Charitable bakeries are a welcome lifeline in fighting hunger in Yemen
In every corner of Yemen, you are confronted by the immense scale of hunger. I saw first-hand how seven years of conflict and aid cuts have shattered lives. Mothers begging on the streets, babies severely malnourished; one step away from being administered to a feeding clinic, and people rummaging through rubbish in the middle of the night to try and find food to feed their families.
According to the WFP, over 50% of Yemen’s population is food insecure and this is projected to rise by the end of 2022. The Ukraine conflict will have consequences for Yemen too, as the country relies on Ukraine and Russia for nearly 50% of its wheat imports.
With Yemen and the world now competing for this limited resource, rising prices on wheat and other basic food items will mean that families will either continue to ration their meals or go hungry.
"It is remarkable to see how a community of Muslims from all over the world has formed through our bread factory initiatives, all united by a dedication to fighting hunger in Yemen"
In response to this deteriorating situation, Muslim Hands has spent over 1.5 million pounds establishing five independent bread factories across Yemen since 2020 – being the only charity in Yemen to implement such a project. They are located in the governorates of Aden, Ma’rib and Hadhramaut.
Collectively, these bread factories produce fifty-thousand loaves which reach 25,000 widows, orphans and those with disabilities every day. These loaves are distributed through school feeding programmes, camps housing those that are internally displaced and even to Yemen’s only centre providing specialised, free care for children with cerebral palsy.
As I visited the various distribution points, I met beneficiaries from all walks of life who had their own story to tell. All these stories had one common theme: the families would go hungry without this intervention. This was echoed by one of the workers at the bakery who told me, "The bread is in so much demand that since the factory started running, never have we had leftovers."
Shams Albaydani, a widowed mother in her late sixties, has three mentally and physically disabled children. Her family have been beneficiaries of one of the Muslim Hands bread factories in Aden for 18 months.
I asked her how the family copes with so little and she said, "Alhumdulilah if He (Allah) gives, we eat, if He doesn’t, we don’t."
She added, "receiving this regular bread means that we have one less thing to worry about and extra money to spend on other food items such as yoghurt, eggs and jam, which we couldn’t afford before.
"Before this, we would either buy bread when we could afford to do so or receive support from our neighbours. We give this bread to our disabled sons by soaking it in milk, so it is easy for them to chew and fills them up quickly. I pray for the donors and thank them for providing a lifeline. In my eyes, they are better than the people of Yemen."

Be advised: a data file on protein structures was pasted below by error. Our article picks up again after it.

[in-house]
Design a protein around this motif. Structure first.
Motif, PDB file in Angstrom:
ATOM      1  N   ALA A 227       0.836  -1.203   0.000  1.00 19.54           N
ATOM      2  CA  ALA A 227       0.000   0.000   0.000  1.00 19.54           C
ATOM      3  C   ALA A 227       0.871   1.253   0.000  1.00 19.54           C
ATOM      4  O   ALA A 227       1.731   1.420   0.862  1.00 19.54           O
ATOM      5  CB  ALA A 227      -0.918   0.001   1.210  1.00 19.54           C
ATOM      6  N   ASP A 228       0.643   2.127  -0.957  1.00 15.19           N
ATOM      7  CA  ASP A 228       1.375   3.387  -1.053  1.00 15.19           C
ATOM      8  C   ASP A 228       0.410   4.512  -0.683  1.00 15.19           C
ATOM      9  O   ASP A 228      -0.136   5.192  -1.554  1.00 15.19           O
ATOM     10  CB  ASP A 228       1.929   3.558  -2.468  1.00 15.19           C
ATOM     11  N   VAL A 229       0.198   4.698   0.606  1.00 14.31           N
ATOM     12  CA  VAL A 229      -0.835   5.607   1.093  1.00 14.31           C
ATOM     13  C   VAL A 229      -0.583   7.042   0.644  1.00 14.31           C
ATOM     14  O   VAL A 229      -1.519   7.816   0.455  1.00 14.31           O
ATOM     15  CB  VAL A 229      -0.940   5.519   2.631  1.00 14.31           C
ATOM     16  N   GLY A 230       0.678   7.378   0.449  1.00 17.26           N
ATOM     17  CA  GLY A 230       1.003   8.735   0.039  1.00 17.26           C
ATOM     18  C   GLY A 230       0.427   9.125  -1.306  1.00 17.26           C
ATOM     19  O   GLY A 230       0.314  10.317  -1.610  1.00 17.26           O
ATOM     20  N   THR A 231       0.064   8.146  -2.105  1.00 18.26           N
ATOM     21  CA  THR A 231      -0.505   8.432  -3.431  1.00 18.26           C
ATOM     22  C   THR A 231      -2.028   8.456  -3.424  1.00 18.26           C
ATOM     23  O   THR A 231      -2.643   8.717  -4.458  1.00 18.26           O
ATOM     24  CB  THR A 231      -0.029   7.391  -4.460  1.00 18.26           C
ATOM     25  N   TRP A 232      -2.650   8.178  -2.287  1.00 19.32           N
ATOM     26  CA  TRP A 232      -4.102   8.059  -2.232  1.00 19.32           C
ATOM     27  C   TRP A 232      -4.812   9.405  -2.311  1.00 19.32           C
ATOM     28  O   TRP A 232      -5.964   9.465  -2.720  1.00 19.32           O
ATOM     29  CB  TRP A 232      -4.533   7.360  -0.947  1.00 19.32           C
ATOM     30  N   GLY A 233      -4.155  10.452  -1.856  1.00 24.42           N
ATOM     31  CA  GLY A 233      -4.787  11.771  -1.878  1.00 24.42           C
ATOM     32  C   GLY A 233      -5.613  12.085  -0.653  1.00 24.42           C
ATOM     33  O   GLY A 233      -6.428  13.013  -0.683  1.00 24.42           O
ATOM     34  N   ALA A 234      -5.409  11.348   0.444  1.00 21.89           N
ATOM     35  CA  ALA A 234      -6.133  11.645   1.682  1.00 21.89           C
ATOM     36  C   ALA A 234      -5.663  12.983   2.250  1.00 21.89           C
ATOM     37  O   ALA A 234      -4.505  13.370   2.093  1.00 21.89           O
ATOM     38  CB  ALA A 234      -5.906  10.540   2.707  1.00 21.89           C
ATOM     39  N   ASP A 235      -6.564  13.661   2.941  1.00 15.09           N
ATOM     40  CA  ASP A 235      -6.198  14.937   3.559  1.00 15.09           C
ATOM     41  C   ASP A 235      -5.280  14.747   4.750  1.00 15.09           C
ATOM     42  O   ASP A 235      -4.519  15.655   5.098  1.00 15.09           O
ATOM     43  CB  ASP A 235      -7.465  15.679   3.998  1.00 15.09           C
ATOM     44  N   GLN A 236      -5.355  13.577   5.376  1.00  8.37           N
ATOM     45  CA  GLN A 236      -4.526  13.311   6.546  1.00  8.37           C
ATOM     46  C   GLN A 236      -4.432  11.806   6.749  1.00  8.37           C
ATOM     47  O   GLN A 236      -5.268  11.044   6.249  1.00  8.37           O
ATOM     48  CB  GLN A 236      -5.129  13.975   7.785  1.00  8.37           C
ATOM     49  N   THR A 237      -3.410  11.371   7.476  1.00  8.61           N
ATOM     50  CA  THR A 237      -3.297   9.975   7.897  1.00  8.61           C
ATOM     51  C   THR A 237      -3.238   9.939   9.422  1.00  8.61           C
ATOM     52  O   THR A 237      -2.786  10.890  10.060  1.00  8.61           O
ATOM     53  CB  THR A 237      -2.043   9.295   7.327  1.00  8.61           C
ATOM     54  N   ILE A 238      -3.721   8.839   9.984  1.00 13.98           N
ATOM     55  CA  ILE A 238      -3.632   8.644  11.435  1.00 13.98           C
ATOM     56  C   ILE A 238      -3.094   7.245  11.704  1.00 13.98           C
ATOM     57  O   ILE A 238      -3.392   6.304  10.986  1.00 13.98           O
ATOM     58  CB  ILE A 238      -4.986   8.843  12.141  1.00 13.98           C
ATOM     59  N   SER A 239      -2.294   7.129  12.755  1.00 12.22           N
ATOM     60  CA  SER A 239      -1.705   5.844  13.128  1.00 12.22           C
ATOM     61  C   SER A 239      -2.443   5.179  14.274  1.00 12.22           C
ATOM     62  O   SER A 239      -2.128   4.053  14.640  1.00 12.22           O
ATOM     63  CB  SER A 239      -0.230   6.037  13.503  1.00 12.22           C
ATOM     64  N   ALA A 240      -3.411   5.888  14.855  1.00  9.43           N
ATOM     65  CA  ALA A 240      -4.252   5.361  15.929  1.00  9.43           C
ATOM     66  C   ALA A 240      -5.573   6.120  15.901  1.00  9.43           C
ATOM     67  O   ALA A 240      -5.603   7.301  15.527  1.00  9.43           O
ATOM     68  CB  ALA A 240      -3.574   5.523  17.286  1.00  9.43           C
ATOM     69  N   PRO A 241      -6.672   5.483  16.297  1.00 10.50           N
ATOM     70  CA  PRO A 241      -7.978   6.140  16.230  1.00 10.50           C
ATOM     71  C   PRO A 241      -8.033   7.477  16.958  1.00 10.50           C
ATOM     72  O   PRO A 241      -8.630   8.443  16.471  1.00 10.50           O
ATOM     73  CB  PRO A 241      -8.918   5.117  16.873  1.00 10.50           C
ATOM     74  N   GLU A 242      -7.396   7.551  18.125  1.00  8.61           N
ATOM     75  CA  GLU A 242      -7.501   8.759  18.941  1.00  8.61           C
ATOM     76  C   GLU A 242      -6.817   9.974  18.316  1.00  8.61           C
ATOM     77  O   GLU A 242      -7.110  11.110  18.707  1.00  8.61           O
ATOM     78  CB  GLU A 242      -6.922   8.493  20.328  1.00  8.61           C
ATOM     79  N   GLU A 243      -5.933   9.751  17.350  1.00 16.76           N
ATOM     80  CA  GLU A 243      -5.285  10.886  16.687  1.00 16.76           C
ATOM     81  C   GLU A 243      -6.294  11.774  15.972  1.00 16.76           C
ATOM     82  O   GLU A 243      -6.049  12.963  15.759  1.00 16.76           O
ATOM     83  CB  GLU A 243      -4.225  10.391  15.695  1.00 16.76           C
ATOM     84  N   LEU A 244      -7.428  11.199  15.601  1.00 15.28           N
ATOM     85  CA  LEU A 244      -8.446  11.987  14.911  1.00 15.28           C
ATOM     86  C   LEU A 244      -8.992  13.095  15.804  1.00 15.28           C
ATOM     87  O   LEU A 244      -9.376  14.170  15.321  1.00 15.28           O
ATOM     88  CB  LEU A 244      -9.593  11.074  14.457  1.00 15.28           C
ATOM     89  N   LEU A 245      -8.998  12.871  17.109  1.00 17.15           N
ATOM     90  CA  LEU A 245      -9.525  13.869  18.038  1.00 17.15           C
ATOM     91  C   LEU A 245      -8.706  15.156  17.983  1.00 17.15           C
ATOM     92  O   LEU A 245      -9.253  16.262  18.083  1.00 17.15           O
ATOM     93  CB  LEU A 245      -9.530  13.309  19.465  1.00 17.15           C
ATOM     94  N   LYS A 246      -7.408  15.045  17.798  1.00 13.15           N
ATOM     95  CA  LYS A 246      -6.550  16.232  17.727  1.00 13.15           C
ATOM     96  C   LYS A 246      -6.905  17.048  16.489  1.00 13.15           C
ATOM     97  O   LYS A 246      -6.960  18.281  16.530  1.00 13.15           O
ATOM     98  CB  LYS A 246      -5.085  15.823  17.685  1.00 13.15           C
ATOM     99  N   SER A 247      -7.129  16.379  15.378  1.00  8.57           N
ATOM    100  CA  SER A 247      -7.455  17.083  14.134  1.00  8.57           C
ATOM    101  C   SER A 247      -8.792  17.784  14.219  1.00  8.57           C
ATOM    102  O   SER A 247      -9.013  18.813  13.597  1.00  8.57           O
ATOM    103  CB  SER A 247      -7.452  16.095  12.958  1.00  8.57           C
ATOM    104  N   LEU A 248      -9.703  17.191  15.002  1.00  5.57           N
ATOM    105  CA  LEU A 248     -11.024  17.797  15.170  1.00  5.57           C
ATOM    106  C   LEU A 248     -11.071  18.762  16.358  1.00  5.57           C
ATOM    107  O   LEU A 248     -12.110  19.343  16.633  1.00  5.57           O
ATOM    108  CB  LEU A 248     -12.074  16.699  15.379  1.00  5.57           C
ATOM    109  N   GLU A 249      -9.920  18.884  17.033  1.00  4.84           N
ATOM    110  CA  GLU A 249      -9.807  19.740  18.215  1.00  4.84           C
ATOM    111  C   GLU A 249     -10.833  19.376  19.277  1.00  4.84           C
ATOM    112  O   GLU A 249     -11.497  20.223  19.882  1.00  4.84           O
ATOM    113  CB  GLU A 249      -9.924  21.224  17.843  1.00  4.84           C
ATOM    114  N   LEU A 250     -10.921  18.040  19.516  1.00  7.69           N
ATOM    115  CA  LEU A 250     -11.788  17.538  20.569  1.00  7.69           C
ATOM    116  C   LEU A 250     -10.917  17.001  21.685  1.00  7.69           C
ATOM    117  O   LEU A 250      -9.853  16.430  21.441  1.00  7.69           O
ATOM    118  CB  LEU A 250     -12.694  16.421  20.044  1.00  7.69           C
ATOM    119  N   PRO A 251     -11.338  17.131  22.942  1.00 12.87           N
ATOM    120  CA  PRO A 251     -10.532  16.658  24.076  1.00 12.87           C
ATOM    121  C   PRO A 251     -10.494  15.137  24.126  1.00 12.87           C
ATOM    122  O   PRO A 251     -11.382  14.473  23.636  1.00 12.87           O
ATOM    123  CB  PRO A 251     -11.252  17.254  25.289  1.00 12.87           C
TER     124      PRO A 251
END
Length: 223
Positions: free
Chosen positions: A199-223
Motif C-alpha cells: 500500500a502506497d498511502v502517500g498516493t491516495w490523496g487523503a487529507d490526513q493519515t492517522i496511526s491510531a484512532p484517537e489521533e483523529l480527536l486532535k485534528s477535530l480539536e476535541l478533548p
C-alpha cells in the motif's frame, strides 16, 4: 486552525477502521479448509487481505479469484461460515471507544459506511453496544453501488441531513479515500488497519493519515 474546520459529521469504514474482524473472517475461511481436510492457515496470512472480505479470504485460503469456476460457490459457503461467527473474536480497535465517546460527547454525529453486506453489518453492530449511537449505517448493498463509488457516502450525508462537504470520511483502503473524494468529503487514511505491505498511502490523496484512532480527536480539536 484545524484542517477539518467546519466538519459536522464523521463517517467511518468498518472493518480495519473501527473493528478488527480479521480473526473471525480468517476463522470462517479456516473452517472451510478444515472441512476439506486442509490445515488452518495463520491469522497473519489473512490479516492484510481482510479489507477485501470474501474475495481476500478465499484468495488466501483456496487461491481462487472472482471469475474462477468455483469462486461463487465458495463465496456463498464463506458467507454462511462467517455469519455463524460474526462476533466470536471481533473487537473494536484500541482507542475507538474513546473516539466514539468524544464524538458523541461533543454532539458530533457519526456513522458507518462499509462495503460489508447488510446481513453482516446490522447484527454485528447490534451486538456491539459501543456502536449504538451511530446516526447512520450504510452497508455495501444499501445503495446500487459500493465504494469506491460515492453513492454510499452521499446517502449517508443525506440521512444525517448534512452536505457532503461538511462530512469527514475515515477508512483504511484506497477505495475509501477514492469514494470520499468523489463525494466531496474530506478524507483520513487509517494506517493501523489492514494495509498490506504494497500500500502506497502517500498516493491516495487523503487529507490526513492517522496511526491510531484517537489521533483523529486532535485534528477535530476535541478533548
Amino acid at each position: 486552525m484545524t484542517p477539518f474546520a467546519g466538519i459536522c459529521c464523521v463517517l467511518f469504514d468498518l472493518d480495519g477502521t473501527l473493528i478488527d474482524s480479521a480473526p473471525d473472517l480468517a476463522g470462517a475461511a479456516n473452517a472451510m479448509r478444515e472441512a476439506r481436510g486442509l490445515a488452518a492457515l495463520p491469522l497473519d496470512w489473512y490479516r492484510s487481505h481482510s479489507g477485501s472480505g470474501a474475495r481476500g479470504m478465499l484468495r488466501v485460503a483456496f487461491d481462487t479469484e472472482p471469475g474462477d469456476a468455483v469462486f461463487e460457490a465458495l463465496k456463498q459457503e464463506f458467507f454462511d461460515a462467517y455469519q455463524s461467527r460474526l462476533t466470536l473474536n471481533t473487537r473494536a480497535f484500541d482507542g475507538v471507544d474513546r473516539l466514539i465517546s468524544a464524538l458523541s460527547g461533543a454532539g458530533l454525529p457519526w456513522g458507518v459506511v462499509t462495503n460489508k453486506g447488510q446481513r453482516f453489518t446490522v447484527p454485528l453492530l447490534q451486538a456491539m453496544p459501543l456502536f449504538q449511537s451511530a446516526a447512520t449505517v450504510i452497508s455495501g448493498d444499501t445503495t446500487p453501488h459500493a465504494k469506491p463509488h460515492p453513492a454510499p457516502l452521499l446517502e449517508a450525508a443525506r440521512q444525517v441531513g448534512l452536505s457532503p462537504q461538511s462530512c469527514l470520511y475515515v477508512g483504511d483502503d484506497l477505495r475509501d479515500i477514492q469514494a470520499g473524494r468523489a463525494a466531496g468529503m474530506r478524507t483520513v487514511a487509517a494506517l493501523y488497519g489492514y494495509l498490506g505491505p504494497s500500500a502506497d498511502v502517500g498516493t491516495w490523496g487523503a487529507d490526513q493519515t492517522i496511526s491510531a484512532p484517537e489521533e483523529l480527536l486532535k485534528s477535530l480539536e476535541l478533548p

The generous response from our supporters to the crisis in Yemen meant that Muslim Hands was able to open more bread factories than anticipated, which includes its second bread factory in Ma’rib, which has seen one of the largest influxes of internally displaced people (IDPs) in Yemen.
Maryam, who made the donation for the establishment of this bakery also funded six months of running costs. "I haven’t seen other charities open bakeries and distribute bread like Muslim Hands. I encourage contributions to such a worthy cause, where we can feed the poor and hungry who are from the ummah of the Prophet Muhammad (saw) in the lands that he loved," she said.
The bread factories employ local workers, often from the IDP community, and ensure a fair and stable income so they can support their families. Kamal Galib, a manager of one of the bakeries said, "My life has completely changed because of the war. I left Sanaa with my family and was unemployed and severely in debt. I now have a future here and can afford to put my children into a good school. As someone who is internally displaced and working for this bread factory, I feel like I am one of the lucky ones."
I visited Suweydah, the second-largest camp for internally displaced people in Ma’rib. For miles, thousands of makeshift shelters occupied the white, dusty desert. Children were running towards the Muslim Hands bread distribution point collecting their loaves for the day ahead. I visited the home of Amad, a 15-year-old girl who had been living in the camp for over two years. I saw how her siblings ate their loaves with jam or cheese and she told me with a smile, "we like the taste of this bread, it’s a meal we look forward to every day."
Yahya who lives in the camp with his wife, four sons and his mother said, "When people in the camp heard that a bread factory was coming here, we were all so happy. Without this intervention, we would starve. We can be assured that we have at least one meal in the day. We hope projects like this expand because the need is huge."
It is remarkable to see how a community of Muslims from all over the world has formed through our bread factory initiatives, all united by a dedication to fighting hunger in Yemen. With their support, as the need grows, so will Muslim Hands’ response.
With Ramadan now upon us, we hope that our community once again stands in solidarity with families in Yemen. Our bakeries are more than just bricks and mortar, each sweet golden loaf they produce gives someone the hope and strength to carry on in their darkest times.
Sahirah Javaid is a senior press officer at the UK-based charity Muslim Hands.
Follow her on Twitter: @JavaidSahirah